Fairlady announced the winners of its annual Fairlady Women of the Future Awards, in partnership with Santam, at an exclusive VIP luncheon at Summer Place in Hyde Park, Johannesburg on Friday 19 August. Sarah Collins, founder of Wonderbag, was named the Fairlady Woman of the Future for 2016.
Sarah receives R50,000 in cash, a mentoring session with one of the judges, a R3,000 shopping voucher from Queenspark, a Sony Xperia Z5 and Sony tablet, an online course from GetSmarter worth R12,500, a Bamboo Revolution watch and an Issey Miyake (L’Eau d’Issey) hamper worth R7,880.
Sarah's company manufactures, sells and distributes a revolutionary cooking product known as the Wonderbag. A Wonderbag is based on the oldest technology in the world – heat retention cooking. These non-electric bags are made up of chipped foam that is housed in colourful, African-inspired printed fabrics with a drawstring at the top to retain the heat. This simple but ingenious product allows for food to be brought to the boil by conventional cooking methods and once put into the Wonderbag will continue to cook the food for up to 12 hours. As of November 2015, they reached the 1 million milestone of Wonderbags sold across the world. Needless to say the business has grown significantly after Sarah's “light bulb moment” in 2008. It is now an internationally recognised product, but for Sarah it has always been more about creating something that would impact the world we live in and the people around us. Her factory is based in Tongaat, South Africa where the Wonderbags are manufactured and distributed to the various warehouse and retail outlets which makes them available to the public to be purchased. The bags are also sold online and in select retail stores, as well as through Wonderpreneurs in their communities. A Wonderpreneur is someone who earns a living by selling the products and in doing so is bettering their own lives and those of the community they serve.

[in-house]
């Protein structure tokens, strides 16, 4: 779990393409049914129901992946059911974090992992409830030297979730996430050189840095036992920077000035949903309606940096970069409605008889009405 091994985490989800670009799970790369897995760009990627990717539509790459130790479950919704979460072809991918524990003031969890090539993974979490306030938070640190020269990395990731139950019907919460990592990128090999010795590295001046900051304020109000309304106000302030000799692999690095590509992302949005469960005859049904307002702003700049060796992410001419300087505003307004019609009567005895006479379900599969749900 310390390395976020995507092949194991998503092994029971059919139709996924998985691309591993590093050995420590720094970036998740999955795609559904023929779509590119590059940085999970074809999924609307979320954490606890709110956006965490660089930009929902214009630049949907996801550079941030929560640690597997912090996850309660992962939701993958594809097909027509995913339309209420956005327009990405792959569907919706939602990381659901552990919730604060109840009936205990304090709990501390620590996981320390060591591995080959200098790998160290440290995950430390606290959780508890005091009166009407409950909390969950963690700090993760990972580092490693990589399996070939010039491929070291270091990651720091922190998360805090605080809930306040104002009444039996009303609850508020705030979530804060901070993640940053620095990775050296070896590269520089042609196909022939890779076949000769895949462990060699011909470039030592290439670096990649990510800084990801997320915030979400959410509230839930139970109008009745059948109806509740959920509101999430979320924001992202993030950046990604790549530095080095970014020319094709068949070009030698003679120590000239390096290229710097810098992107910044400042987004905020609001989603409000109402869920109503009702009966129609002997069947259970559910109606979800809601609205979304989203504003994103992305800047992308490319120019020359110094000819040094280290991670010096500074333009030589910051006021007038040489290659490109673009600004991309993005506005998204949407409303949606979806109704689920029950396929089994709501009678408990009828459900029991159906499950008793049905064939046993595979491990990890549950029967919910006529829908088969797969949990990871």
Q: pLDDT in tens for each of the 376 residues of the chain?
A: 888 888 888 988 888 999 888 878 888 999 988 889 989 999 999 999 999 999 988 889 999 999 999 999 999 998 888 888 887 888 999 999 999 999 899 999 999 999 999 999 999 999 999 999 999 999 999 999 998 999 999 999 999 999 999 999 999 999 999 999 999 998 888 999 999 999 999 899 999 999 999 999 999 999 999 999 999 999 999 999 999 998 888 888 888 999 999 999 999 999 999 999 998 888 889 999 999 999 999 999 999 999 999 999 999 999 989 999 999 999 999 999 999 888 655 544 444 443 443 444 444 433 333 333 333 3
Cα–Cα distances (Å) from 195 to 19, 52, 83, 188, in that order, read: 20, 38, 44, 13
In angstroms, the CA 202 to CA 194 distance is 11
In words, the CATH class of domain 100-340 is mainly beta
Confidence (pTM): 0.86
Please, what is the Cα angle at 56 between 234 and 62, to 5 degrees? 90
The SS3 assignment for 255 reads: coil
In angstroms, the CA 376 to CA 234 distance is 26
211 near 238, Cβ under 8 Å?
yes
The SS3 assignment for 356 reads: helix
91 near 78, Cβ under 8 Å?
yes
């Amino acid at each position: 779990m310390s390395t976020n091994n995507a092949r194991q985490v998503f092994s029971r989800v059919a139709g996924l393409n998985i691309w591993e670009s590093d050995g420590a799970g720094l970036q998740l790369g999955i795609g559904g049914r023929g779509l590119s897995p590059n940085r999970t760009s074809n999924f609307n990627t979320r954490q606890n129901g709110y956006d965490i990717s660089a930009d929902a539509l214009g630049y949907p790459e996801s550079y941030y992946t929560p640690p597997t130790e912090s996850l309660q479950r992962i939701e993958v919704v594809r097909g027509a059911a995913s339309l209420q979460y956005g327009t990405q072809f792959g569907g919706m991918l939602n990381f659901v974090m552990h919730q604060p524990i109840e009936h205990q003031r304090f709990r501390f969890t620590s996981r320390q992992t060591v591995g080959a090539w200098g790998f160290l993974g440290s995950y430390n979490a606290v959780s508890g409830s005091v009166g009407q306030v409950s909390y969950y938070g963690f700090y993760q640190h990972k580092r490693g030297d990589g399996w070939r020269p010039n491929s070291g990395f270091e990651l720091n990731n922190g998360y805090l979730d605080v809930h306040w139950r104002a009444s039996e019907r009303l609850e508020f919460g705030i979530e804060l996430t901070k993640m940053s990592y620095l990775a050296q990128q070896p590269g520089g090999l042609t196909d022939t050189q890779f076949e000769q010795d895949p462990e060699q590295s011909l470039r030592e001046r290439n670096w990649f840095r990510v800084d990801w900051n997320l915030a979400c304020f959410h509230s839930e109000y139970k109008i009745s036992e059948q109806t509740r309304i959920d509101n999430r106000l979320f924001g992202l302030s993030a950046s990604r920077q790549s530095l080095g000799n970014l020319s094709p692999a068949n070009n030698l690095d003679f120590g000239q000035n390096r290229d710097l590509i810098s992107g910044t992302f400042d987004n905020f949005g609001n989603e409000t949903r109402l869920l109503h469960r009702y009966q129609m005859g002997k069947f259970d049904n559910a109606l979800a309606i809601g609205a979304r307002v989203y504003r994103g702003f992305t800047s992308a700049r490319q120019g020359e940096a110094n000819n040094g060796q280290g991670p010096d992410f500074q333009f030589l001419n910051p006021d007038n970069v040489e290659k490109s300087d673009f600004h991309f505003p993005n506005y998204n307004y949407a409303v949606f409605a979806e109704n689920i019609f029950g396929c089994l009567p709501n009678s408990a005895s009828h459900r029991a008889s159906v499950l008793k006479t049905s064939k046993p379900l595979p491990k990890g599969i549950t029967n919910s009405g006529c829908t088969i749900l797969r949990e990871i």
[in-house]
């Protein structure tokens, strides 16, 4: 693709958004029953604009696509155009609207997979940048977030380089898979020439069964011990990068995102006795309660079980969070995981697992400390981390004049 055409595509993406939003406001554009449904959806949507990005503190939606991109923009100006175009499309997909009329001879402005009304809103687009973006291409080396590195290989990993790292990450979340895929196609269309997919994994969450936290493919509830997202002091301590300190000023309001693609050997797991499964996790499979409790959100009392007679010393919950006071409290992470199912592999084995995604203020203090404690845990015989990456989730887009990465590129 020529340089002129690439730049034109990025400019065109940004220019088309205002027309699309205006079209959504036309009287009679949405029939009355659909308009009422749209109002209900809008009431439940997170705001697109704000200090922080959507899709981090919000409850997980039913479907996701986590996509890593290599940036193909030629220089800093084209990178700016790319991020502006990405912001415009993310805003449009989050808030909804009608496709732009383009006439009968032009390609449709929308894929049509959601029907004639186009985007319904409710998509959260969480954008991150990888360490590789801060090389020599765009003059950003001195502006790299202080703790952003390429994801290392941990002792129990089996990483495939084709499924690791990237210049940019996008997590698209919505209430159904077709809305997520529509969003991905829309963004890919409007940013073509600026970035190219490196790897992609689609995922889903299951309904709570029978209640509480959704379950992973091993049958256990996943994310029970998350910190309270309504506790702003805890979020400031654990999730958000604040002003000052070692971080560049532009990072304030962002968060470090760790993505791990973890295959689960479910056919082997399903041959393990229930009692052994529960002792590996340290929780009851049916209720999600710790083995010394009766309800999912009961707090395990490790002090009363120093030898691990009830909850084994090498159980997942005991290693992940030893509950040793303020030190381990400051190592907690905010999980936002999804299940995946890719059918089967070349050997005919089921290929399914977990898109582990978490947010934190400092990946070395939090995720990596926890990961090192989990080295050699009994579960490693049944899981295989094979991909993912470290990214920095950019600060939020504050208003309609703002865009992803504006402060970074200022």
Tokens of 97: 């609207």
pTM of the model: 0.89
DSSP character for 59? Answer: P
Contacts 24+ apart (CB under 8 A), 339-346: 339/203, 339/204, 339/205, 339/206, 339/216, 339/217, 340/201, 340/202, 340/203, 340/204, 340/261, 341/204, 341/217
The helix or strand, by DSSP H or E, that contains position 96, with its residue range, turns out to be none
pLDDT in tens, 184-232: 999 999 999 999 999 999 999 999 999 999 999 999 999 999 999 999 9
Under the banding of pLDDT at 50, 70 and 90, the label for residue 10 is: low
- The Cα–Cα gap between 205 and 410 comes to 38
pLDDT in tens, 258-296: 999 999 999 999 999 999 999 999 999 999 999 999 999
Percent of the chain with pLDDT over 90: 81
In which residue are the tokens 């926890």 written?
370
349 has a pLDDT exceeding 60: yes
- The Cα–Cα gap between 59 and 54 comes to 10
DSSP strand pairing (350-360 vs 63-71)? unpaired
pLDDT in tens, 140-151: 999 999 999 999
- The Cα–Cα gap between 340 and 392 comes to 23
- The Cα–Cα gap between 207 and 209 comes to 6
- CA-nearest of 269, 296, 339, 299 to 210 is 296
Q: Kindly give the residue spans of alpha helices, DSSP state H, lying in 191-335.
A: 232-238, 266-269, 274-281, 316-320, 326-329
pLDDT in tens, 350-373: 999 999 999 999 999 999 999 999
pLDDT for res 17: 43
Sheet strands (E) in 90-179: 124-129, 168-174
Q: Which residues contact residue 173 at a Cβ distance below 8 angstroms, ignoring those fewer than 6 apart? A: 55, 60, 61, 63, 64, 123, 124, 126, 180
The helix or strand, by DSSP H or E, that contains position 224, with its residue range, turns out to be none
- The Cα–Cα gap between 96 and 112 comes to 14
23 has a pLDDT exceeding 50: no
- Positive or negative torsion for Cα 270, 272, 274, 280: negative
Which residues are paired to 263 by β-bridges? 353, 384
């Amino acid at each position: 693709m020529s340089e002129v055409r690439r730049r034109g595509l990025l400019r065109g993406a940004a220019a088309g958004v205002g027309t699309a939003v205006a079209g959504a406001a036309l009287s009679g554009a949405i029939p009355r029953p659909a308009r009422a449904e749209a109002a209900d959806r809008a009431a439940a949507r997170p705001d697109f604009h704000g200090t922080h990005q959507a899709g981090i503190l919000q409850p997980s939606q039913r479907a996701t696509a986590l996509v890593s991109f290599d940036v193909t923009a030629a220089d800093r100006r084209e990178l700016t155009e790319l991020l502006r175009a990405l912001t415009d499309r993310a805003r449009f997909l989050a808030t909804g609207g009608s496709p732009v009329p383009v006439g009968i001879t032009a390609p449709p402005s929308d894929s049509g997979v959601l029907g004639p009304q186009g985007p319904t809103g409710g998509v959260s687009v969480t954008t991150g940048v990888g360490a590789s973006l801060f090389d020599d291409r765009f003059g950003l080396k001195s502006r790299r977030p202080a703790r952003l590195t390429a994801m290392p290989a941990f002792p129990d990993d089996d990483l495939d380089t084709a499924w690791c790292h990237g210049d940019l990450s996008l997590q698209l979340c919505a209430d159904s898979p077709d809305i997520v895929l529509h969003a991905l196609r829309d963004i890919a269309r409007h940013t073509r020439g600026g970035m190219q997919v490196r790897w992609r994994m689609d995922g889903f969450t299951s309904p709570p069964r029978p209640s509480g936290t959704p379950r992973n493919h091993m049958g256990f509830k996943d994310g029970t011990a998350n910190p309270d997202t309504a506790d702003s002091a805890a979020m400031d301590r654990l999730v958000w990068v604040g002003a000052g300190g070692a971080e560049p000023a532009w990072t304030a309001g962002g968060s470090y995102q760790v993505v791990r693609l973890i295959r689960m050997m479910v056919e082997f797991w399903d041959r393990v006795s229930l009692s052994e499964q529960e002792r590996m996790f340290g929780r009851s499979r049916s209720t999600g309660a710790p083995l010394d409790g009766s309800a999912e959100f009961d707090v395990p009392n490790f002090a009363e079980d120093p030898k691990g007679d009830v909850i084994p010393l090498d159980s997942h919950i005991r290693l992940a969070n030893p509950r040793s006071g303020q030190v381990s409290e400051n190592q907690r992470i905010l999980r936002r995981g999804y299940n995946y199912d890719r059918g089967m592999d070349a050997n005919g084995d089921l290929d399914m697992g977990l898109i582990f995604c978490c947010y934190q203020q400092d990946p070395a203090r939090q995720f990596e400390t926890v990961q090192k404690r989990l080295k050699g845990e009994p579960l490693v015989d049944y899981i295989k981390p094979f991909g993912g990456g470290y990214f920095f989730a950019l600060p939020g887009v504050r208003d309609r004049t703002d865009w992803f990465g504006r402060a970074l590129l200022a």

Upon winning her award, Sarah had this to say: “My heroines are African women. I am exceptionally proud to be African. Our resilience and capacity for innovation is so inspiring!” Sarah plans to spend her prize money where it counts, by putting it back into the community where she started the extraordinarily successful Wonderbag – an informal settlement outside Soweto.
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